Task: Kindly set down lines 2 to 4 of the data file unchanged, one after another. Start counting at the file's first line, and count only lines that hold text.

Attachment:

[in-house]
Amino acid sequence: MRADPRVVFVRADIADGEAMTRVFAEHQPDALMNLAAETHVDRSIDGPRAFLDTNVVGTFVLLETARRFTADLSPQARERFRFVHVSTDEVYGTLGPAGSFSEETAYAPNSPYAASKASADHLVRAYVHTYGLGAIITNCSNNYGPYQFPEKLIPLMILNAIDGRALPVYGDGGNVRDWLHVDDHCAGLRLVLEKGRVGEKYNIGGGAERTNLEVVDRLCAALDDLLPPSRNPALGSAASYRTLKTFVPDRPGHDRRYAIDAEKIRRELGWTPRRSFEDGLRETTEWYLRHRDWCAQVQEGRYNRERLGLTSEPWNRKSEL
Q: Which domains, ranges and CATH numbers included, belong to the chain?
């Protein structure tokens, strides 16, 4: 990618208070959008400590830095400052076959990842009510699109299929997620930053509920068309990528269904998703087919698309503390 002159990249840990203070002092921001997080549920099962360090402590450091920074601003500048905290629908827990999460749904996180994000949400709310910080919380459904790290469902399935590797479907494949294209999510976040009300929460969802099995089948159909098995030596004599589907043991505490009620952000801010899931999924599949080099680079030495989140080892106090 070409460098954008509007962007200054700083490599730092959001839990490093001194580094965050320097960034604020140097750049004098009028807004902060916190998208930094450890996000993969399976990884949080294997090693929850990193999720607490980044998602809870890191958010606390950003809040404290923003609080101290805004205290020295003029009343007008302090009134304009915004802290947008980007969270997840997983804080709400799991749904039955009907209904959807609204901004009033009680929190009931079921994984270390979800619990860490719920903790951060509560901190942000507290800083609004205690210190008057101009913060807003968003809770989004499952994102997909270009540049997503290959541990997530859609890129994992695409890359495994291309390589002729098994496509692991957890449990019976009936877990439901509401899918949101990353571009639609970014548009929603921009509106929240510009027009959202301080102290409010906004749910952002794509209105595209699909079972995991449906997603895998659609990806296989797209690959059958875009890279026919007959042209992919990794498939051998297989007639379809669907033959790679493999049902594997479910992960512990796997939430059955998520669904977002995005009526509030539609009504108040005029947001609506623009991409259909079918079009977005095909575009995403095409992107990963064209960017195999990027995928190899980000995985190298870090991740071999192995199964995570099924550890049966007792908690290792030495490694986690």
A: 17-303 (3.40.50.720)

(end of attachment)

Amino acid sequence: MRADPRVVFVRADIADGEAMTRVFAEHQPDALMNLAAETHVDRSIDGPRAFLDTNVVGTFVLLETARRFTADLSPQARERFRFVHVSTDEVYGTLGPAGSFSEETAYAPNSPYAASKASADHLVRAYVHTYGLGAIITNCSNNYGPYQFPEKLIPLMILNAIDGRALPVYGDGGNVRDWLHVDDHCAGLRLVLEKGRVGEKYNIGGGAERTNLEVVDRLCAALDDLLPPSRNPALGSAASYRTLKTFVPDRPGHDRRYAIDAEKIRRELGWTPRRSFEDGLRETTEWYLRHRDWCAQVQEGRYNRERLGLTSEPWNRKSEL
Q: Which domains, ranges and CATH numbers included, belong to the chain?
């Protein structure tokens, strides 16, 4: 990618208070959008400590830095400052076959990842009510699109299929997620930053509920068309990528269904998703087919698309503390 002159990249840990203070002092921001997080549920099962360090402590450091920074601003500048905290629908827990999460749904996180994000949400709310910080919380459904790290469902399935590797479907494949294209999510976040009300929460969802099995089948159909098995030596004599589907043991505490009620952000801010899931999924599949080099680079030495989140080892106090 070409460098954008509007962007200054700083490599730092959001839990490093001194580094965050320097960034604020140097750049004098009028807004902060916190998208930094450890996000993969399976990884949080294997090693929850990193999720607490980044998602809870890191958010606390950003809040404290923003609080101290805004205290020295003029009343007008302090009134304009915004802290947008980007969270997840997983804080709400799991749904039955009907209904959807609204901004009033009680929190009931079921994984270390979800619990860490719920903790951060509560901190942000507290800083609004205690210190008057101009913060807003968003809770989004499952994102997909270009540049997503290959541990997530859609890129994992695409890359495994291309390589002729098994496509692991957890449990019976009936877990439901509401899918949101990353571009639609970014548009929603921009509106929240510009027009959202301080102290409010906004749910952002794509209105595209699909079972995991449906997603895998659609990806296989797209690959059958875009890279026919007959042209992919990794498939051998297989007639379809669907033959790679493999049902594997479910992960512990796997939430059955998520669904977002995005009526509030539609009504108040005029947001609506623009991409259909079918079009977005095909575009995403095409992107990963064209960017195999990027995928190899980000995985190298870090991740071999192995199964995570099924550890049966007792908690290792030495490694986690």